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GootLoader Gang Launches Wide-Spread Cyberattacks Enticing Legal and Accounting Employees to Download Malware eSentire, the industry’s leading Managed Detection and Response (MDR) cybersecurity provider, is warning law and accounting firms of a wide-spread GootLoader hacker campaign. In the past three weeks and as recently as January 6, eSentire’s threat hunters have intercepted and shut down…
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Security advisories — Apr 20, 2021

Attacks Against Pulse Connect Secure (PCS) Appliances

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THE THREAT

On April 20th, 2021, security services firm Mandiant released a report [1] detailing active attacks against Pulse Connect Secure (PCS) appliances. These attacks include using known vulnerabilities from 2019 and 2020 (CVE-2019-11510, CVE-2020-8243, and CVE-2020-8260) and a previously unknown authentication bypass vulnerability tracked as CVE-2021-22893. These attacks include bypassing both single and multi-factor authentication on the appliances and deployment of webshells for maintaining access.

Customers operating PCS appliances are strongly recommended to apply the relevant mitigation actions and utilize Pulse Secure’s Integrity Tool to assess impact.

What we’re doing about it

What you should do about it

Additional information

On April 20, 2021, Mandiant reported that previously known PCS vulnerabilities (CVE-2019-11510, CVE-2020-8243, CVE-2020-8260) and a zero-day (CVE-2021-22893) were exploited as early as August 2020, and some activity was still observed through March 2021. Pulse Secure notes that none of their other products were impacted by these issues.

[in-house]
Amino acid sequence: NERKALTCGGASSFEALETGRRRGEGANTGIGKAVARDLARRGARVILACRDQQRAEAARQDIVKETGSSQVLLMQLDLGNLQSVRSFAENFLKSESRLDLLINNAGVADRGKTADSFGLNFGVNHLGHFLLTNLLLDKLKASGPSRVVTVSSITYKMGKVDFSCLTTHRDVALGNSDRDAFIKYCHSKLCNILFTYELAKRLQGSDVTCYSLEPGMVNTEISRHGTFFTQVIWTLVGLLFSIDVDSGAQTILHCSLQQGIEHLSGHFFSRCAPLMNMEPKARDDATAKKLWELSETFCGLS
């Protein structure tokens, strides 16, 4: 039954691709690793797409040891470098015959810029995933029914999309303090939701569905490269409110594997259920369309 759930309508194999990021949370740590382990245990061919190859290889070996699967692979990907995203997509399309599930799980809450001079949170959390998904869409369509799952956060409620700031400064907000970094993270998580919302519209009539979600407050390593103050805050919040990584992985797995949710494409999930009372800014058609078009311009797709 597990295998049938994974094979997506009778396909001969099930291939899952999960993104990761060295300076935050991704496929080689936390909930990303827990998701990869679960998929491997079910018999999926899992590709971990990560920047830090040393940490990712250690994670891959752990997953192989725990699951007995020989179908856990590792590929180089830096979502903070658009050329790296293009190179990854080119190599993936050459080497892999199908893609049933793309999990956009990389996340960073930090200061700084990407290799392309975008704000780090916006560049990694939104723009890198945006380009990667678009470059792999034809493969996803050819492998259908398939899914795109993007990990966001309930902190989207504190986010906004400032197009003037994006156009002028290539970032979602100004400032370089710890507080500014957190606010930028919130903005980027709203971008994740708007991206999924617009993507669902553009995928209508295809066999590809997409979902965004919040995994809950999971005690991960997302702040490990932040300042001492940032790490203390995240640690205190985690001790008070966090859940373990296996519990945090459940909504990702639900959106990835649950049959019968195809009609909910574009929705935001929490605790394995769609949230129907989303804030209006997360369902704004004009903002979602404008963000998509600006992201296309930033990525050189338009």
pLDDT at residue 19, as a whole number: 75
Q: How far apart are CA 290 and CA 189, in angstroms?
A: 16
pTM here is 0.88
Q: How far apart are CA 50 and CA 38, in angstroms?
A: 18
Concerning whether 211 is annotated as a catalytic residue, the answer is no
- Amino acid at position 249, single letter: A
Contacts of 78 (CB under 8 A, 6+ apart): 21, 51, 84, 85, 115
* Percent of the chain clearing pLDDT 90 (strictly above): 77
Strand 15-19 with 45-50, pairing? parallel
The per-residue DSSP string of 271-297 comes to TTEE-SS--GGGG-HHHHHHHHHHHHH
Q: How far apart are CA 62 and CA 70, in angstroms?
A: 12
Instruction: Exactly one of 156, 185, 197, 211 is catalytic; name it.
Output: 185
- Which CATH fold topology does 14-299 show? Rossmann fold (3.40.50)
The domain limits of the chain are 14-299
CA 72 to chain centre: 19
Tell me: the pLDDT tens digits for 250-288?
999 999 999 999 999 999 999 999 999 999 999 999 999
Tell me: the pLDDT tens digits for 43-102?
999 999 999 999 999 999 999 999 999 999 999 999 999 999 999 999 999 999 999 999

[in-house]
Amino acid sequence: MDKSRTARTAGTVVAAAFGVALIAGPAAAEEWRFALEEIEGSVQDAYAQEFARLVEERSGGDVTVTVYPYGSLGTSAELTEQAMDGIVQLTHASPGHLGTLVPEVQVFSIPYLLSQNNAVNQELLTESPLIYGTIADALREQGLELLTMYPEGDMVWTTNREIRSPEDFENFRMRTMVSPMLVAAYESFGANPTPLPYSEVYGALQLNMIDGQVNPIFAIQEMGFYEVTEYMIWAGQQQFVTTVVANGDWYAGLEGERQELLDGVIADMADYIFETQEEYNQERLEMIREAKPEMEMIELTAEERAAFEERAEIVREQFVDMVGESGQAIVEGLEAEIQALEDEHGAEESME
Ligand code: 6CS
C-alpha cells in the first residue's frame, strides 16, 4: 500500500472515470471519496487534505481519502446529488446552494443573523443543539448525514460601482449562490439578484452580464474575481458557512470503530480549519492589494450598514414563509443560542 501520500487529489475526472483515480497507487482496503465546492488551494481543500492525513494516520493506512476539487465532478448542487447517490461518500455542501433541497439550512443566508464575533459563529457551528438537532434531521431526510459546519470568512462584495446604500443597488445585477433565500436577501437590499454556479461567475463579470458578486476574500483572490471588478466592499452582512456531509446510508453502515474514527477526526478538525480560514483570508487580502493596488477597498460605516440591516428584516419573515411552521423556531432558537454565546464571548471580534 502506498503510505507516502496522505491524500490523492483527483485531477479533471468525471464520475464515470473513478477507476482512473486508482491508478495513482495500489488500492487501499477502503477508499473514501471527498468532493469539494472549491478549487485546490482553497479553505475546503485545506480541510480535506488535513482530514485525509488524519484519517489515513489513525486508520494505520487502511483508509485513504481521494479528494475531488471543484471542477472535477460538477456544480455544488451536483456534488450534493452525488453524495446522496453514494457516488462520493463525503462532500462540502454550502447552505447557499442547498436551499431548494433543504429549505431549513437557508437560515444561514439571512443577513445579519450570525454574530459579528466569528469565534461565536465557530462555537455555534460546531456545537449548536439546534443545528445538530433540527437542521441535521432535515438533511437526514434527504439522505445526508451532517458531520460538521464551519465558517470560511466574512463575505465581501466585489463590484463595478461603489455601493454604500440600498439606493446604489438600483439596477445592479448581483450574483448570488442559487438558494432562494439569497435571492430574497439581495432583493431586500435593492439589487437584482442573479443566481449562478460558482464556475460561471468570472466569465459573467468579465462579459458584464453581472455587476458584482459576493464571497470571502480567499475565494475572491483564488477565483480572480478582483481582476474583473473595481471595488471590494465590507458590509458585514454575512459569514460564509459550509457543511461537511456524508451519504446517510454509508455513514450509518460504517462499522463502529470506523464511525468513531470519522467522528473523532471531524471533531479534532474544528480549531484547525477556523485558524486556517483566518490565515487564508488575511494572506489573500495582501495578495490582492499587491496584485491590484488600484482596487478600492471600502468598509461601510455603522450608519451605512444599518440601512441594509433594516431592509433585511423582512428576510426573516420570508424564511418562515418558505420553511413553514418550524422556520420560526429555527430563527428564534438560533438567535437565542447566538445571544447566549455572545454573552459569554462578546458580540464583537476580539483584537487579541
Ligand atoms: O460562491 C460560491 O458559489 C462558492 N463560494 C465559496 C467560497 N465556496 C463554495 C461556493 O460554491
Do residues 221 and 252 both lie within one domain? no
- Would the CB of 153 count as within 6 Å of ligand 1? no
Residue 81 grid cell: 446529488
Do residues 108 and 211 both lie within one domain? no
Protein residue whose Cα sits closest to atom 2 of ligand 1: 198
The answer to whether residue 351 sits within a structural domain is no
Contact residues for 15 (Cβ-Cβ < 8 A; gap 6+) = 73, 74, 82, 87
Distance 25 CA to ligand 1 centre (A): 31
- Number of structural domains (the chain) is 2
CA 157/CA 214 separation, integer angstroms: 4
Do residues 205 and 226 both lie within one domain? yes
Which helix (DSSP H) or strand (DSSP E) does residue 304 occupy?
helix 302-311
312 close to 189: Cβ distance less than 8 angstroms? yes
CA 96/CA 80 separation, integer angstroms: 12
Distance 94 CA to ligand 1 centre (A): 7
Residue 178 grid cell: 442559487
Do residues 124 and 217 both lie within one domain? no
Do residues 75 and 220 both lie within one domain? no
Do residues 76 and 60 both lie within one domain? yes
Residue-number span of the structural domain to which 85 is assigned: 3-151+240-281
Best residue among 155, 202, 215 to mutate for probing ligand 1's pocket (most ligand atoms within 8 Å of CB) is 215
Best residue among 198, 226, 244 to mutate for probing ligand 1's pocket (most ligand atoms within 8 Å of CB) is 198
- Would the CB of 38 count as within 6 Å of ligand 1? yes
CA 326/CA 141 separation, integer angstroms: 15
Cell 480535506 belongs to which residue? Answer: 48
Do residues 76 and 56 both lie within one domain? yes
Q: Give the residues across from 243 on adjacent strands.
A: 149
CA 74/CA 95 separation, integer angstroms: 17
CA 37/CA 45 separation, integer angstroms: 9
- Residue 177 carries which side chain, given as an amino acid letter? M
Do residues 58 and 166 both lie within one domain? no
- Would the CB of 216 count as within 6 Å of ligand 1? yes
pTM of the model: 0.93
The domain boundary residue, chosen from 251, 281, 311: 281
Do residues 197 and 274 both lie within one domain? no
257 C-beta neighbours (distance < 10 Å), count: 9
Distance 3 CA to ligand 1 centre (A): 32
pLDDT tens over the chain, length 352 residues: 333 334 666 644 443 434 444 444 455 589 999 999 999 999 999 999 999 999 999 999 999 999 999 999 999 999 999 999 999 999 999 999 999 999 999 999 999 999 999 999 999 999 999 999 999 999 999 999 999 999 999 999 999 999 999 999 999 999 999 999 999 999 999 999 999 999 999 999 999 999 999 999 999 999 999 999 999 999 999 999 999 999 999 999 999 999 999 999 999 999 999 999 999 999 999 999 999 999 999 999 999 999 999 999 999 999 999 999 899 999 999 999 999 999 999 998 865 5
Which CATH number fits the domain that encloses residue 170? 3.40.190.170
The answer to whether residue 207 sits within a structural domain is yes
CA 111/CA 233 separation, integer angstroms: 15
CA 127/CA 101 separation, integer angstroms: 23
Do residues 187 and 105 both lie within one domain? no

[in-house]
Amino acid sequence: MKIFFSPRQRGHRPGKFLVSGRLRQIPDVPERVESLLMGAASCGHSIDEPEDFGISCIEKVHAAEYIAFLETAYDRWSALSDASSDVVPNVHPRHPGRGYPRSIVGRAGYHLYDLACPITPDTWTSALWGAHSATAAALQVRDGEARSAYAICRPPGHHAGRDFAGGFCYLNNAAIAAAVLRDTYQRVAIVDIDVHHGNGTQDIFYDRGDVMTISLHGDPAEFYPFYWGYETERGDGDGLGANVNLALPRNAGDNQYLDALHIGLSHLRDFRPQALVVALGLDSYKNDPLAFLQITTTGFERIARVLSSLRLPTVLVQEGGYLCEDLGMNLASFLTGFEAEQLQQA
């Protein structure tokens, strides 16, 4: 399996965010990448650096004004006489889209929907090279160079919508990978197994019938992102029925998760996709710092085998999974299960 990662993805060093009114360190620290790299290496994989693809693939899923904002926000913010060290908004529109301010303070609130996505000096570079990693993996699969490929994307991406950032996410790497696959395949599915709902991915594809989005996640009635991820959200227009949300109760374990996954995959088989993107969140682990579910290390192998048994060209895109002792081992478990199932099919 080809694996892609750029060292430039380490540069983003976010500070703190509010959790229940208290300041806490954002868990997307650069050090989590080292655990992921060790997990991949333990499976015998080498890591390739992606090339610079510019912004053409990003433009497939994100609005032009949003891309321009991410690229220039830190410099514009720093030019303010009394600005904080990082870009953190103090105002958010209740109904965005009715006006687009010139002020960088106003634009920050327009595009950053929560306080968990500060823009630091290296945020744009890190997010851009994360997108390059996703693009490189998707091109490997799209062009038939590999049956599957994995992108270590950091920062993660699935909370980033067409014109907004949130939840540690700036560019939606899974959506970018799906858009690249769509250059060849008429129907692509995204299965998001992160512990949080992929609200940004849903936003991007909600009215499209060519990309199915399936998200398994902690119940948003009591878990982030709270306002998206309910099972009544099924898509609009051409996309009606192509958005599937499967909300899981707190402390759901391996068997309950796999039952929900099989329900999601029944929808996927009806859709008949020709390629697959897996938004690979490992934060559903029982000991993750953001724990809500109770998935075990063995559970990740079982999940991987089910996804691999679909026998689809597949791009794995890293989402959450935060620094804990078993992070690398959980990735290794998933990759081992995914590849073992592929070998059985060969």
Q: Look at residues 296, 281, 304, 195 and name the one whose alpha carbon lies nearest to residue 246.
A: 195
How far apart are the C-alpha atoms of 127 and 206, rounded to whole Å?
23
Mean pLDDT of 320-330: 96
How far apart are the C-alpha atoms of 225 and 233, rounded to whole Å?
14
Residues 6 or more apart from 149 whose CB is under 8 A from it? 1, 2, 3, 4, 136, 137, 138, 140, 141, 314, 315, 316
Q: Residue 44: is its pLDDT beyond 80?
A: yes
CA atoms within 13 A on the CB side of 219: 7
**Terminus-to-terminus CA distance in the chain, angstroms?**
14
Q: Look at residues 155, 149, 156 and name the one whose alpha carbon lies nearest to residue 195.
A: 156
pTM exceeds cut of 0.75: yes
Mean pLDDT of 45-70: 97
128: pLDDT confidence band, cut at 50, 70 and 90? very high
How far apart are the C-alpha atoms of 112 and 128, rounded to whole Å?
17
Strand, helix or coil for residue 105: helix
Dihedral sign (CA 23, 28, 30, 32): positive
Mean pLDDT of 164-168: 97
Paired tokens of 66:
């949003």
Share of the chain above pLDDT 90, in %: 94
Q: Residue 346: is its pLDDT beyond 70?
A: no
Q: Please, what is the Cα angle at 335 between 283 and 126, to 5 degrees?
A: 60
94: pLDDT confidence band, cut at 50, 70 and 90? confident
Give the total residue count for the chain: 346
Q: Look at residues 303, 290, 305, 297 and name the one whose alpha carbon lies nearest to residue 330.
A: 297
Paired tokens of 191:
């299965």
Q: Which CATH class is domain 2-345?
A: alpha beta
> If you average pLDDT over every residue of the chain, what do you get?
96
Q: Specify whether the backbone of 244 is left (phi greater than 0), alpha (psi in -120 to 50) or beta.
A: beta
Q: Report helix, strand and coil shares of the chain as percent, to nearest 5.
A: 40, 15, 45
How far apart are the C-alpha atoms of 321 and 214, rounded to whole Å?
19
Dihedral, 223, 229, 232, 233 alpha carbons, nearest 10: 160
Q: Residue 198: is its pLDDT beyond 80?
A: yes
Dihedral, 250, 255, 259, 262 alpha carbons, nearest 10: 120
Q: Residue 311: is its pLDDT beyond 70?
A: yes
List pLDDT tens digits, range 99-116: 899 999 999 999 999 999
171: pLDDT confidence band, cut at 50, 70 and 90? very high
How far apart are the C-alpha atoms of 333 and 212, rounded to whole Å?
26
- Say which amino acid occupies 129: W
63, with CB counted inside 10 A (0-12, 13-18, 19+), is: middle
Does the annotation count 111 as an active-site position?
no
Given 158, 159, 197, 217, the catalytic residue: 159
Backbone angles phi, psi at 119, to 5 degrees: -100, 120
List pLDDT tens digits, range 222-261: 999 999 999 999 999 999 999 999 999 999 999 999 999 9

Details on the zero-day vulnerability can be reviewed below:

Details on previously disclosed PCS vulnerabilities used in the attacks can be reviewed below:

Mandiant reported that twelve (12) malware families were used against organizations that were victim of the PCS attacks, including: ATRIUM, HARPULSE, LOCKPICK, PACEMAKER, PULSECHECK, PULSEJUMP, QUIETPULSE, RADIALPULSE, SLIGHTPULSE, SLOWPULSE, STEADYPULSE, and THINBLOOD. However, these malware variants were not all seen being used in conjunction, and some were seen in separate investigations, including malicious activities against the U.S Defense Industrial Base (DIB) networks, and other U.S. and European victim organizations such as defense, government, and finance. The main purpose of these malware tools was to circumvent authentication and to gain backdoor access.

At the time of writing, there is no indication that the backdoors were used in a supply chain attack on Pulse Secure’s software deployment process or network. In addition, the Pulse Secure team noted that they observed a limited number of customers impacted by exploitation of PCS appliances.

References:

[1] https://www.fireeye.com/blog/threat-research/2021/04/suspected-apt-actors-leverage-bypass-techniques-pulse-secure-zero-day.html
[2] https://kb.pulsesecure.net/articles/Pulse_Security_Advisories/SA44784/ (Workaround for CVE-2021-22893)
[3] https://kb.pulsesecure.net/articles/Pulse_Secure_Article/KB44755 (Integrity Tool Download)
[4] https://kb.pulsesecure.net/articles/Pulse_Secure_Article/KB44764 (Integrity Tool FAQ)
[5] https://blog.pulsesecure.net/pulse-connect-secure-security-update/
[6] https://kb.pulsesecure.net/articles/Pulse_Security_Advisories/SA44101/ (CVE-2019-11510)
[7] https://kb.pulsesecure.net/articles/Pulse_Security_Advisories/SA44588 (CVE-2020-8243)
[8] https://kb.pulsesecure.net/articles/Pulse_Security_Advisories/SA44601 (CVE-2020-8260)

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